Singapore’s second largest telecommunications company StarHub’s decision to axe 300 workers in a restructuring exercise that is expected to rake in $210 million in savings has shocked some employees within the organisation.
StarHub said earlier this week that it will lay off about 10 per cent of its 2,500-strong full-time staff population by the end of this month as part of its “operational efficiency programme”. The telecommunications giant lost 22.8 per cent of its profits in the second quarter of this year, compared to the same quarter in 2017.
The massive retrenchment exercise comes as StarHub plans to strategically move its focus to investments in areas such as new businesses, digital customer service initiatives, enterprise-oriented information and communications technology solutions, and wireless and fibre services.
After axeing 300 full-time staff, the telecommunications giant is set to hire more staff in the cyber security, home and enterprise solutions and customer care fields.
Explaining that StarHub must transform its operating model to avoid “greater risks in the future”, chief executive Peter Kaliaropoulos cited “intense competitive ferocity right across the market, new entrants, lower voice revenues, thinning margins for fixed broadband services, high content costs for pay-television operations and high market penetration for mobile and fixed services” as the reasons the company must transform itself.
He added: “Our revised operating structure will be best placed to meet our strategic intent, enhance customer experience, increase accountability and effectiveness and improve competitiveness and agility.”
These reasons, however, do not go very far to assuage the apprehensions of the 300 full-time workers, some of whom feel blindsided over the job cut exercise. Speaking to Today Online on the condition of anonymity, several StarHub employees revealed that they did not anticipate the company’s decision to slash so many jobs.
While many were resigned to the retrenchments, saying that this is “not within (their) control,” one worker told reporters that instead of resorting to retrenching workers, senior leadership staff could have accepted a pay cut to avoid downsizing.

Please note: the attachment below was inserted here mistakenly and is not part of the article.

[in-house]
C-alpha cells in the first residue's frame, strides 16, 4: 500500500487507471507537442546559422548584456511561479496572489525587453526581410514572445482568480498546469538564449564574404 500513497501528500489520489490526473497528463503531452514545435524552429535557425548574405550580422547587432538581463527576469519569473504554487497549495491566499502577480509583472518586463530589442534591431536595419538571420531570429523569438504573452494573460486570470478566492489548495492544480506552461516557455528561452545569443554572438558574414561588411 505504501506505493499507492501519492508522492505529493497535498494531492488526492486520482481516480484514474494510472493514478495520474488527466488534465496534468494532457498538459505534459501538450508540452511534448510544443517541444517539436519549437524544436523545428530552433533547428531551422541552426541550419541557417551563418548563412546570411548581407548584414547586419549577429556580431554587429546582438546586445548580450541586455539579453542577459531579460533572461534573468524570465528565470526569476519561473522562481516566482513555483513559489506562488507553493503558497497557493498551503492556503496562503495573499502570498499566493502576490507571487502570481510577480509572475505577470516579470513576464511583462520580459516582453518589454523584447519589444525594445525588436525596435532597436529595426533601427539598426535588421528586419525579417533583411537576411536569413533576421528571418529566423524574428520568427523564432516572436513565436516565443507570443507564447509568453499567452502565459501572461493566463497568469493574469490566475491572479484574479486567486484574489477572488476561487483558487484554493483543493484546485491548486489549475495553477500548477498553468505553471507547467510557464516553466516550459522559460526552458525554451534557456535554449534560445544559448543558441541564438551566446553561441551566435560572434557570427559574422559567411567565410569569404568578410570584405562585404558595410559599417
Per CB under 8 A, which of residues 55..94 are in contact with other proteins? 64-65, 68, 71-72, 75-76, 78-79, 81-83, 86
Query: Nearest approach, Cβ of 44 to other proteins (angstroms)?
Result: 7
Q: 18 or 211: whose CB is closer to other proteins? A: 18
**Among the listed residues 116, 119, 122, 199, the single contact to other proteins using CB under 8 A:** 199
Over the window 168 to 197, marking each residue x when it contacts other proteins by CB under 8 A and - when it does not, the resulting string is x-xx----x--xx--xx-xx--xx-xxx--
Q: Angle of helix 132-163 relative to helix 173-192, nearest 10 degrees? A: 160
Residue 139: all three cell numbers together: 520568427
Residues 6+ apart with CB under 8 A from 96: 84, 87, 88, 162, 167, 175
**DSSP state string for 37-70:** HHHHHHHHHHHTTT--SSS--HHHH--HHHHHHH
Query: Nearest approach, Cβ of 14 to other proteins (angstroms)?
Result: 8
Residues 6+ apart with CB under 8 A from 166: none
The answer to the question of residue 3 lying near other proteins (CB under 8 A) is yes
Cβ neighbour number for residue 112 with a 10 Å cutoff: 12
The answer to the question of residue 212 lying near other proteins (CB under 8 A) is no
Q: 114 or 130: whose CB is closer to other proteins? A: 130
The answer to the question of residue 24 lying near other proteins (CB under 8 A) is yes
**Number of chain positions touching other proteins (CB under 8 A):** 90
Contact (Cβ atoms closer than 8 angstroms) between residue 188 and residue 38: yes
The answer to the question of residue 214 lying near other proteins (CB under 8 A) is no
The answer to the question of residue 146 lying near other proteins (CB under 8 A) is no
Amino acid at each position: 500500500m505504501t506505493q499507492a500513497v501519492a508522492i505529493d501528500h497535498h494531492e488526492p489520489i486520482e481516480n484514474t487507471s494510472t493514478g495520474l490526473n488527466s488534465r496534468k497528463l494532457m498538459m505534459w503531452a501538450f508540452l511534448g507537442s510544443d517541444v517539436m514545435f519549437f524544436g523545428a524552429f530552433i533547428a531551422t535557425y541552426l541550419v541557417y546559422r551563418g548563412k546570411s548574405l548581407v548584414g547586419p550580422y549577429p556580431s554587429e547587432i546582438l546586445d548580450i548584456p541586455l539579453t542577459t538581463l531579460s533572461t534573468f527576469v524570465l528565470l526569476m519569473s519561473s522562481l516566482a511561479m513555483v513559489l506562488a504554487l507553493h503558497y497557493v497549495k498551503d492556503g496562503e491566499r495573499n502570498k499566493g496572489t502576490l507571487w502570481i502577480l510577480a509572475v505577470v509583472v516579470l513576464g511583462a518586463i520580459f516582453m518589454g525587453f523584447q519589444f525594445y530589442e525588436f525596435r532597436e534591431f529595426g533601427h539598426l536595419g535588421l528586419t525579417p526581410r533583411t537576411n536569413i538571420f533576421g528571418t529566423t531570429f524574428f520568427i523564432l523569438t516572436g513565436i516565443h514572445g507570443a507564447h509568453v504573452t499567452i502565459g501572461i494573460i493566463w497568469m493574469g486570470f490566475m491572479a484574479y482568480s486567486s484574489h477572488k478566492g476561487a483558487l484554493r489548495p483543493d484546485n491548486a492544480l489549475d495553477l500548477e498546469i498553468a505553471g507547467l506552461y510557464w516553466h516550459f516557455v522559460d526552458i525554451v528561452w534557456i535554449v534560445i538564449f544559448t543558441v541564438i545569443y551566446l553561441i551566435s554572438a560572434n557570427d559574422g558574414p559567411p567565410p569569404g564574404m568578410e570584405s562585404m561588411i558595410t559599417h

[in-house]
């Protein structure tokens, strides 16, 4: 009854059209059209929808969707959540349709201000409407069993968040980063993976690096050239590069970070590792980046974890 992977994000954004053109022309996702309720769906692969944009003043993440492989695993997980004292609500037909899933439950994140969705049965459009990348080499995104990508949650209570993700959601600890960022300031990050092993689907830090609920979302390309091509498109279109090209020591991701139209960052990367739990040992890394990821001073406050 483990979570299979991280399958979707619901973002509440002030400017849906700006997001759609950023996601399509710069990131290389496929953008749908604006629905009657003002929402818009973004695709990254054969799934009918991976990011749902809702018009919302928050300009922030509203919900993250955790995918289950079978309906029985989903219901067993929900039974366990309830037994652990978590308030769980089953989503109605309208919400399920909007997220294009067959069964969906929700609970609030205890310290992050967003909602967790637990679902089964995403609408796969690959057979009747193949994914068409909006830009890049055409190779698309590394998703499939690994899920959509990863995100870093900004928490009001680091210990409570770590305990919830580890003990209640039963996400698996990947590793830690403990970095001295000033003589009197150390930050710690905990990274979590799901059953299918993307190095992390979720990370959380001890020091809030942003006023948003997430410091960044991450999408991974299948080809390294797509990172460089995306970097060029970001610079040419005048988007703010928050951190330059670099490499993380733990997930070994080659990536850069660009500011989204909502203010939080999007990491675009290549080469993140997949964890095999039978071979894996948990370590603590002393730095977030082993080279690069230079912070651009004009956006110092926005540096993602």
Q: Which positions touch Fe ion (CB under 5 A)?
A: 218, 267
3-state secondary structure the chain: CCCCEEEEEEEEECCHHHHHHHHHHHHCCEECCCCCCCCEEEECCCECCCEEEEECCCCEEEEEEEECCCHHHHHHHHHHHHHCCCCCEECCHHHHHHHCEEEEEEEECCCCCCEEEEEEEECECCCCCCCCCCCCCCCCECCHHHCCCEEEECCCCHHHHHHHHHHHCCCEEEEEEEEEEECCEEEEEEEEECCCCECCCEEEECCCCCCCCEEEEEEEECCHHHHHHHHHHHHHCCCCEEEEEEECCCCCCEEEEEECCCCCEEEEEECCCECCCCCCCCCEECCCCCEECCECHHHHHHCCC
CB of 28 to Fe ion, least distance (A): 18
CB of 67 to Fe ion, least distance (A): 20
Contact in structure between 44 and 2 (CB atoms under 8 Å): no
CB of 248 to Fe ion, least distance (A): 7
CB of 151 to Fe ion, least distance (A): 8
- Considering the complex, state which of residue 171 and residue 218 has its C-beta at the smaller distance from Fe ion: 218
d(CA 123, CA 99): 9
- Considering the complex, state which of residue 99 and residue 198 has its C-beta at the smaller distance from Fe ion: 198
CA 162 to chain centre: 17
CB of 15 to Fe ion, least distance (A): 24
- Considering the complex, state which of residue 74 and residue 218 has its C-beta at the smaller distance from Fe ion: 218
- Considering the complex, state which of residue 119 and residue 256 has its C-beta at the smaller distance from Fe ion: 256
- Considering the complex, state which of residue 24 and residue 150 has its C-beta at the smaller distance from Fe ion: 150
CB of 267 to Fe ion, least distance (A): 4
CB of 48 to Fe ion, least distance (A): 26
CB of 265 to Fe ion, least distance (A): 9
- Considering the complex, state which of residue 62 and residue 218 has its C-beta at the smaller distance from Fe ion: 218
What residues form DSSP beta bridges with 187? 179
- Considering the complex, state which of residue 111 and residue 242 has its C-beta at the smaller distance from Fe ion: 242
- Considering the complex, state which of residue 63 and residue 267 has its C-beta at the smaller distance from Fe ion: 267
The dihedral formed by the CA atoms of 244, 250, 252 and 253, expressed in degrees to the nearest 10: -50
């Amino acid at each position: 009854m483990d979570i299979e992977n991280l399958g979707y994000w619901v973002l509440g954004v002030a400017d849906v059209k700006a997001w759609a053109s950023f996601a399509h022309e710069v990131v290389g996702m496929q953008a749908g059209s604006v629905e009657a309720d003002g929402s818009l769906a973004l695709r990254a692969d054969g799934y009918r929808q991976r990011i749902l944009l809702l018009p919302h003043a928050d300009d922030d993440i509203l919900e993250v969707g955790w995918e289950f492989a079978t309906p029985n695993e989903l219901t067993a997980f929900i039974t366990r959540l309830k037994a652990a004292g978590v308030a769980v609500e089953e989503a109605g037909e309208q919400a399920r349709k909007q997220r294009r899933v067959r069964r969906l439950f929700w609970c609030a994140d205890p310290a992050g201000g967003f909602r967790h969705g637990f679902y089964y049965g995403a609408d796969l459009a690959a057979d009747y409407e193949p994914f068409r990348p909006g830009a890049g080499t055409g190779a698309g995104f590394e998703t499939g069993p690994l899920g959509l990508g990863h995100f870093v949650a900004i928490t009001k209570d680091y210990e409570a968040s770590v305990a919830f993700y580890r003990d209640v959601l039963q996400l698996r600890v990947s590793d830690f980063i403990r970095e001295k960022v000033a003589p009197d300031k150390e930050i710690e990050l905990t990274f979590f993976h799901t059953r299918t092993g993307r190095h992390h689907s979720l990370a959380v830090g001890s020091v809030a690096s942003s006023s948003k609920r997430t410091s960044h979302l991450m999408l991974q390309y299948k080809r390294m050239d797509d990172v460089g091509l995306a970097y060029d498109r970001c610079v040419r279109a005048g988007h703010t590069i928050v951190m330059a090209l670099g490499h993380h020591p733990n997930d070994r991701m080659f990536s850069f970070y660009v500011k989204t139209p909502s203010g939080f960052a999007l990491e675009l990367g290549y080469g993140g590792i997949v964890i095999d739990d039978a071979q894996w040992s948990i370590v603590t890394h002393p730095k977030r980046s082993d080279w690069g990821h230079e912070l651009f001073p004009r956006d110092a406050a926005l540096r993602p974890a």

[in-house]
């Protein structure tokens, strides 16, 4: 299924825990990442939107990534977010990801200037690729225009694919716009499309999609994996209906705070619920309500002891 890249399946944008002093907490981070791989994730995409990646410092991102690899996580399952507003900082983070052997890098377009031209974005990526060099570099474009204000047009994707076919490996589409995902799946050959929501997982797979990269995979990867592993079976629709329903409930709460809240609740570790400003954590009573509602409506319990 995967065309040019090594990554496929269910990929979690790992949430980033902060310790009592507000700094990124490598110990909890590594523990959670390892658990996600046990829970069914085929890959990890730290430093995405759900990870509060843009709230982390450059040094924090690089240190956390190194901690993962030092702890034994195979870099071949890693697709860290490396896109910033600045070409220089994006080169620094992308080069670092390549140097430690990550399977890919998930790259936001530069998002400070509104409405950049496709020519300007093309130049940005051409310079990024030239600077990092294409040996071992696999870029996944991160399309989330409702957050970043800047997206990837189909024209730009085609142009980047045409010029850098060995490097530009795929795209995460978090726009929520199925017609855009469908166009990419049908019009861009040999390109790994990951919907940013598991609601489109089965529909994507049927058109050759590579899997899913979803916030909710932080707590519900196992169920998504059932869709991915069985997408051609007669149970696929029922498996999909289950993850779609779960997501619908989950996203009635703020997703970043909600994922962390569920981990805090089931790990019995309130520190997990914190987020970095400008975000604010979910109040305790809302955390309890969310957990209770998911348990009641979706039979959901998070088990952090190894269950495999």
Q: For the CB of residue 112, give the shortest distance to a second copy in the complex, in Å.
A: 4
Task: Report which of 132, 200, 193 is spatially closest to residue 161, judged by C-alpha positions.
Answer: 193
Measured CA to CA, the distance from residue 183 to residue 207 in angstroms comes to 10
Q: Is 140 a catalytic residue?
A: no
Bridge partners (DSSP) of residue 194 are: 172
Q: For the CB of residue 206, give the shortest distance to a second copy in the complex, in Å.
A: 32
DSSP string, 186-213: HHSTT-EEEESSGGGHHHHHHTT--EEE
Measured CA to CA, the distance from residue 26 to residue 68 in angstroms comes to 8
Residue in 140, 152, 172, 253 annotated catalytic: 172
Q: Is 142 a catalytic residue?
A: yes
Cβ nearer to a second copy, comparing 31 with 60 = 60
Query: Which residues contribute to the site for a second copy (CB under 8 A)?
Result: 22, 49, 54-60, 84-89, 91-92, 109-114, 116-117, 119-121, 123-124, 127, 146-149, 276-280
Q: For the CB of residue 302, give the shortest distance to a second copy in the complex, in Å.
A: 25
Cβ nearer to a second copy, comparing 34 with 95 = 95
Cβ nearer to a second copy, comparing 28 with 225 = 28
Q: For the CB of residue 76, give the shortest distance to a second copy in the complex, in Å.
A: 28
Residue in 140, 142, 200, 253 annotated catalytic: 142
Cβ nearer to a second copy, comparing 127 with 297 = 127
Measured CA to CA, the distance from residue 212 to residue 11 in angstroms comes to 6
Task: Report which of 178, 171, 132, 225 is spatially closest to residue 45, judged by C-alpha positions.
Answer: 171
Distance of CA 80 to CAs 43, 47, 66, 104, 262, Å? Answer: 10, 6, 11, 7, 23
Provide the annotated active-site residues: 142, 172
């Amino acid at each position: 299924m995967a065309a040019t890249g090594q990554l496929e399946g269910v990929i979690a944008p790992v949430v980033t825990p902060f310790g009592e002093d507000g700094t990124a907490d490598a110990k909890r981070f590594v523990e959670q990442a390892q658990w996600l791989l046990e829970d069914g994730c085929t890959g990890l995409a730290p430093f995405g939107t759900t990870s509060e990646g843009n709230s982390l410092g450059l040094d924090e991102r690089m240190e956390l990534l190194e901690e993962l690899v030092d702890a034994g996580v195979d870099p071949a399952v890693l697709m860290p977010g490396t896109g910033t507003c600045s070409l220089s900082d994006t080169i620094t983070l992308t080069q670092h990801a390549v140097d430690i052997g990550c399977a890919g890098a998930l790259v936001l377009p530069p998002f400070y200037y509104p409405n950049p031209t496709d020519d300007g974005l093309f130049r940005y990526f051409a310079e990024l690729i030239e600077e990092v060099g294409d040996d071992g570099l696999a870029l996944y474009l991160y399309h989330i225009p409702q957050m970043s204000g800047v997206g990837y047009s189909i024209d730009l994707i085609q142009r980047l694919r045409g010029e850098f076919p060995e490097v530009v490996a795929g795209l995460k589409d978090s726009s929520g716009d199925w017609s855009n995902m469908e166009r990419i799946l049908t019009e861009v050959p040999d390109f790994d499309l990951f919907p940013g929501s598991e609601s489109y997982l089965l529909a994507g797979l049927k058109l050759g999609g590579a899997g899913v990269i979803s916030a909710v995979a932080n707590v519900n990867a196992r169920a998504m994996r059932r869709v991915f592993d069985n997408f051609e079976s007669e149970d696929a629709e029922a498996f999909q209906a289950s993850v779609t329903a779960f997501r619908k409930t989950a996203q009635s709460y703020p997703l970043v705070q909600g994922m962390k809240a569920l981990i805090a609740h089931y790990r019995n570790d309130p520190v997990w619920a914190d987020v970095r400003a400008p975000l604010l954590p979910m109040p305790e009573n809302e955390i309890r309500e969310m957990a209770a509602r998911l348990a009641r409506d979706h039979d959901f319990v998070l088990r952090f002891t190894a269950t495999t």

Revealing that he “didn’t expect so many” to be retrenched, the employee asserted: “StarHub still is a profitable company. We still believe that StarHub can do better than downsizing.”
The employee further revealed that the management has briefed staff on compensation packages in the event of retrenchments and said that affected workers will receive one months’ salary for each year they have worked at the company.
Further, the employee said that affected employees could be redeployed to the subsidiaries of StarHub’s parent company, Asia Mobile Holdings – itself a subsidiary of Singapore Technologies Telemedia (ST Telemedia).
Some others, however, appeared to have made peace with their employer’s decision. One female employee said that she understands StarHub’s reasons for the decision even though she has “mixed feelings” since this has an “impact (on) people’s lives”.
Another employee said that he saw this coming, given the developments in the telecommunications industry: “Whatever we are facing is exactly what other telcos are similarly facing. Looking at the trend, some people would have expected some moves will be taken by company to streamline.”
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